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Elementary School

METRO photo

By Daniel Dunaief

Daniel Dunaief

Once upon a time, a girl named Fiona read the book “The Emperor’s New Clothes.”

She thought it was funny and charming that a child could see what no one else admitted. But then, something strange happened: she thought she could also see things that no one else could.

“That’s sweet, Fiona, but focus on your school work and let your imagination run wild at other times,” her father told her that night.

Fiona did as she was told because she wanted to please her parents and her teachers. It was her teachers that caused problems for her.

It started with Mrs. Butler in her third grade class. A tall, thin woman with white hair and glasses, Mrs. Butler always wore high-heeled shoes. She looked directly in the eyes of every student. One day, her friend Simona fell and hit her head. When Mrs. Butler bent down and checked on her friend, Fiona saw the kind of coat doctors and nurses wear appear around her shoulders. Fiona rubbed her eyes, but the coat was still there. Mrs. Butler calmly told the class to go to their seats, sent Bill to get the nurse and kneeled on the floor near Simona.

When the nurse left with Simona, Mrs. Butler’s white coat disappeared.

The next day, Jeff couldn’t understand a math problem. He wrote numbers all over the paper, but he didn’t have the answer.

Fiona noticed a change again in Mrs. Butler’s clothing. Instead of her powder blue blouse, she had an orange vest and white gloves. With numbers on the smartboard, she directed Jeff away from all the dead ends.

When he got closer to the answer, Jeff smiled. Fiona looked back at Mrs. Butler, whose orange vest and white gloves disappeared.

Later, Doug and Andrew got into an argument near the stack of books at the back of the room. When Doug swung his arm to make a point, he knocked over several books.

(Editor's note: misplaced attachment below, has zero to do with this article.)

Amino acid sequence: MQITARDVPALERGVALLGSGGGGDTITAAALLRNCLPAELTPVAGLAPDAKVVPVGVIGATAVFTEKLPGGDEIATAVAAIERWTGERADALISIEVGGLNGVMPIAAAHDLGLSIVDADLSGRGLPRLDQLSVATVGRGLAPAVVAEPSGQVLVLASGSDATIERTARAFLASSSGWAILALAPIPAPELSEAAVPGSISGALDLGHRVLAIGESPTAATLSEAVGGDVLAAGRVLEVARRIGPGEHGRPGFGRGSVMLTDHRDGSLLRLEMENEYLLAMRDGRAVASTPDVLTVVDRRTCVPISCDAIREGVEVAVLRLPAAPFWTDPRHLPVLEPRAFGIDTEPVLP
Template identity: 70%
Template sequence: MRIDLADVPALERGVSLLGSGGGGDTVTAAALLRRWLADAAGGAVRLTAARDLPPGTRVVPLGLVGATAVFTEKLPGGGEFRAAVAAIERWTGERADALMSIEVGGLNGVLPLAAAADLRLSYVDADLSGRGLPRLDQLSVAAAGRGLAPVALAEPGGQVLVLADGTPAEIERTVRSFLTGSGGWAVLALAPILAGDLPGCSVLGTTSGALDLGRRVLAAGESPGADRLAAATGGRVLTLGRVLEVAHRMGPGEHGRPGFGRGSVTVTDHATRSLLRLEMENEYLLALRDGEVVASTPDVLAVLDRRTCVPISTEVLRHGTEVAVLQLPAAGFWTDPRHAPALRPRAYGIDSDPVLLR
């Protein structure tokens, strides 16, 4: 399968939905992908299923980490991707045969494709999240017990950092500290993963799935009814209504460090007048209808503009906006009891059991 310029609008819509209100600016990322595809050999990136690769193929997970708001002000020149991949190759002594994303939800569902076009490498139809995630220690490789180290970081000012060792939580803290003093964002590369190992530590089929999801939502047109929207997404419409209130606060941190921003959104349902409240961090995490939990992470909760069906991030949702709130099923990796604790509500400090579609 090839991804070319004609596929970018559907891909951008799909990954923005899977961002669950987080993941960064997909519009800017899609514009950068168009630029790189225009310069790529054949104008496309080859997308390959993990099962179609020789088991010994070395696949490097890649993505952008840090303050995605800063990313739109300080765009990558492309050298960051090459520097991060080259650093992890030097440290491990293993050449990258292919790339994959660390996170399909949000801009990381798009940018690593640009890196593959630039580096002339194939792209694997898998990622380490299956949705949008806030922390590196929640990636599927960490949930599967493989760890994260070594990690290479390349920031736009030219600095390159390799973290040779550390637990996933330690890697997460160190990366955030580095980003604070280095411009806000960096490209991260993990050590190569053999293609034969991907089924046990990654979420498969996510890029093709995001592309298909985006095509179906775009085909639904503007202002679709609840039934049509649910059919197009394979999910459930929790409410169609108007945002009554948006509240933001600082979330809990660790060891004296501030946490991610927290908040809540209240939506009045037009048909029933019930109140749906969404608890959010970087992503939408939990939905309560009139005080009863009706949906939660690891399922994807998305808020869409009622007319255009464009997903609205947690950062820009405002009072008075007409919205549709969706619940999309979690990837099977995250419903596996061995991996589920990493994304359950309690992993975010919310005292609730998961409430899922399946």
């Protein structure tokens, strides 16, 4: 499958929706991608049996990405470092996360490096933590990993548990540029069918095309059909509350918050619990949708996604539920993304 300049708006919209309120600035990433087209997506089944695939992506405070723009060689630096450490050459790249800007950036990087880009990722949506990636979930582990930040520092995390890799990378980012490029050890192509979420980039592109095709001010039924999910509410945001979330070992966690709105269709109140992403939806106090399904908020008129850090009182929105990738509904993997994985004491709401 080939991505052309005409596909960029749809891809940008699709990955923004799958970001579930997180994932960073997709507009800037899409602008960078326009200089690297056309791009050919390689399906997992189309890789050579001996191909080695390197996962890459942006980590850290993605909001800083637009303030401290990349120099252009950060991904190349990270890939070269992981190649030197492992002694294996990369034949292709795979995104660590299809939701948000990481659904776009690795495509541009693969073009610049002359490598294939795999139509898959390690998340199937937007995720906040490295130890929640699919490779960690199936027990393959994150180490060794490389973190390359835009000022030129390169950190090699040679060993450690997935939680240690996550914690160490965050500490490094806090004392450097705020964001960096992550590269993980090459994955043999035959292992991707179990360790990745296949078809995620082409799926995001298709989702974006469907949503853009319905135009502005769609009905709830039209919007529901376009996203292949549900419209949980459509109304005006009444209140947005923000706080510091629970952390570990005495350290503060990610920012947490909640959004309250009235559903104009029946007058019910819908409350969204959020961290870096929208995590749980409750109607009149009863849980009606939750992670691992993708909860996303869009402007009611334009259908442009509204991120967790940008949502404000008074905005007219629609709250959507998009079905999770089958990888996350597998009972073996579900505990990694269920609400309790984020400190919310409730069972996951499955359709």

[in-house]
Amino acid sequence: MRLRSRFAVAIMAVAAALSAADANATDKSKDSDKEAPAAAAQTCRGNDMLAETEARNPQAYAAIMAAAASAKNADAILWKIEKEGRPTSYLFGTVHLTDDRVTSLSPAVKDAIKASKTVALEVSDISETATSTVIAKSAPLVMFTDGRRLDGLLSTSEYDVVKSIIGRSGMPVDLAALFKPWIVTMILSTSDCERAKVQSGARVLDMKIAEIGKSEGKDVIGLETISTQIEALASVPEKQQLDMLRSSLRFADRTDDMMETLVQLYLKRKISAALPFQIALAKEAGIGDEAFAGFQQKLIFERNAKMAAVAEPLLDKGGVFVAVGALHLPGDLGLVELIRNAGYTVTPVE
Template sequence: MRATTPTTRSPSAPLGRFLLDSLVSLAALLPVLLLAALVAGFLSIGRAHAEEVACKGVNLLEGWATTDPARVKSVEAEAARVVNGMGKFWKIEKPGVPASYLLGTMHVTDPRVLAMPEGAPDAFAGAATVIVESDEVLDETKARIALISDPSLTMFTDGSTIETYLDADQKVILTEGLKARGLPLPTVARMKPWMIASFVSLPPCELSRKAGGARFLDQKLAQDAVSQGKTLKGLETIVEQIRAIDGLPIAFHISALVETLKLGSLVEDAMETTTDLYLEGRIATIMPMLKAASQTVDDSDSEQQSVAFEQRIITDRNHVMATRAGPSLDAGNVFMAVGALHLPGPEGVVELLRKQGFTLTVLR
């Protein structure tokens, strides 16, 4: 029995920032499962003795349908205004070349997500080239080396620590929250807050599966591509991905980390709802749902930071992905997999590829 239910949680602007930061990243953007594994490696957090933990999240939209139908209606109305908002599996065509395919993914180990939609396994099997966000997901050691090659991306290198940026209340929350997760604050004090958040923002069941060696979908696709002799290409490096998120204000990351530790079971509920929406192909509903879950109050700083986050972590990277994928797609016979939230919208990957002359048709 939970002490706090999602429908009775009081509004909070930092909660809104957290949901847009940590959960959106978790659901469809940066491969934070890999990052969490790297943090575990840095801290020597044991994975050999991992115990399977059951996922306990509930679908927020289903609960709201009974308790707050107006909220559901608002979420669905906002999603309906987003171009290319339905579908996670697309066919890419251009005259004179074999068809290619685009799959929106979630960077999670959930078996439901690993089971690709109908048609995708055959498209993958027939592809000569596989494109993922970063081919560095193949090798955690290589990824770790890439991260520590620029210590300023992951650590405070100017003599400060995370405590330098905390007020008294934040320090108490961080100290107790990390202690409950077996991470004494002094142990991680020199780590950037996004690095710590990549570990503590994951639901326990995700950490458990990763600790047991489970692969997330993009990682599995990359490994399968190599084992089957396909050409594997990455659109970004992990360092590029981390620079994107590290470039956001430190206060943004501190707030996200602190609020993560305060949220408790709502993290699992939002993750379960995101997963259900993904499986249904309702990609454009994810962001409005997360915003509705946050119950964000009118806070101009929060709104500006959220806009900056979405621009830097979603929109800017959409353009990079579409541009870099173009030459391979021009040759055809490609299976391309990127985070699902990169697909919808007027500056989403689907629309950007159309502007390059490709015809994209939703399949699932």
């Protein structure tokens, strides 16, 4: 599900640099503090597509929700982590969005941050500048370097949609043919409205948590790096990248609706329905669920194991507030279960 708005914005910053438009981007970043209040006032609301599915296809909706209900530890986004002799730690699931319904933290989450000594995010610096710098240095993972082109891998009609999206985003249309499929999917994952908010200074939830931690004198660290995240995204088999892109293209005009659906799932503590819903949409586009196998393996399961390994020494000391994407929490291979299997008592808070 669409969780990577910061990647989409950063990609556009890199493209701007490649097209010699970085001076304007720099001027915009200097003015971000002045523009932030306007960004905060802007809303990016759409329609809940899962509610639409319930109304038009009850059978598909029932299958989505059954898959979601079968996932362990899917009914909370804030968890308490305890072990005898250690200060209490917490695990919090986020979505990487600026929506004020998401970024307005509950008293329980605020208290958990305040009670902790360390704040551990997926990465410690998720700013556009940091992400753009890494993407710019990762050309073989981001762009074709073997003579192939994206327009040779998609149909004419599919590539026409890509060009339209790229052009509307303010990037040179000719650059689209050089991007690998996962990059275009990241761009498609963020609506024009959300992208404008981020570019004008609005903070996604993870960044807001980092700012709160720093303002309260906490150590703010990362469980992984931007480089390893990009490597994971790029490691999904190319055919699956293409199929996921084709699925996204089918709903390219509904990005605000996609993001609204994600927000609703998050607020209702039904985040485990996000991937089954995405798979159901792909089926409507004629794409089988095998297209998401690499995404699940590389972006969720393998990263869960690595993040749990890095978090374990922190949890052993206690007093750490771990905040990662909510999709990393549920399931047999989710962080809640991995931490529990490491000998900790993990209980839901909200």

Fiona saw Mrs. Butler’s clothing change again, this time into the kind of black and white stripes that referees wear in football games. She could even see a whistle dangling from her teacher’s neck.

The next morning, Jill and Amanda couldn’t agree on how to do a class project. Jill marched to the front of the classroom to complain. Amanda followed closely.

While Fiona couldn’t hear everything, she saw a black robe form around Mrs. Butler.

When the conversation ended, Mrs. Butler said something that made both girls happy. They shook hands and walked back to their desks, where they returned to work on their project.

One day, Fiona arrived early to class. She and her teacher were alone and she felt like she had to say something.

“Mrs. Butler?” Fiona asked.

“Yes?” Her teacher replied.

“I see all the clothing you wear,” Fiona said. “I don’t think anyone else sees it.”

Mrs. Butler narrowed her eyes and looked carefully at her student.

“What do you see?” Mrs. Butler asked.

She described the medical jacket, the orange vest, the referee’s coat and the judge’s robe.

“What do you think of all that?” Mrs. Butler asked.

“Is it real?” Fiona asked.

“Thank you for seeing,” Mrs. Butler grinned. Other students walked into the room and class started.

Just then, Fiona heard an alarm. Mrs. Butler reacted immediately. She held up a shield and directed everyone to the back of the room.

While they waited, Mrs. Butler told everyone to remain quiet. The class waited for the all clear.

“It was a drill,” Mrs. Butler said. “You can return to your desks.”

Fiona was the last to leave the classroom that day.

“Fiona?” Mrs. Butler asked. “Is everything okay?”

“Yes,” she said. “Thanks for … everything.”

Last month, Terryville Road Elementary School celebrated National Random Acts of Kindness Day. Guided by the school social worker, Tiffany Liebling, students practiced kindness by participating in Kindness Bingo. Boys and girls could check off a box on their board by paying a student from a different class a compliment or making someone smile.

“It’s an absolute joy to see how thoughtful Terryville students are! I feel blessed to work with such exemplary children,” said principal Annemarie Sciove. 

A student-created poster contest depicting thoughtful quotes and artwork decorated the building for the last few weeks and winners were just announced. Congratulations go to 5th grader Anderson Latt, 4th grader Paige Stonehill and 3rd grader Gia Ochoa. And a special acknowledgement to Mrs. Stoeber’s class who won the Kindness Bingo and will enjoy a pizza party next week. 

“It’s good to take care of the world,” said 3rd grade winner, Gia. 

Photo from SWRSD

How many opportunities are there to celebrate the number 100? Miller Avenue School staff and students celebrated the 100th day of school with STEM projects galore, dressing as if they were 100 years old, having a 100th Day Parade and so much more.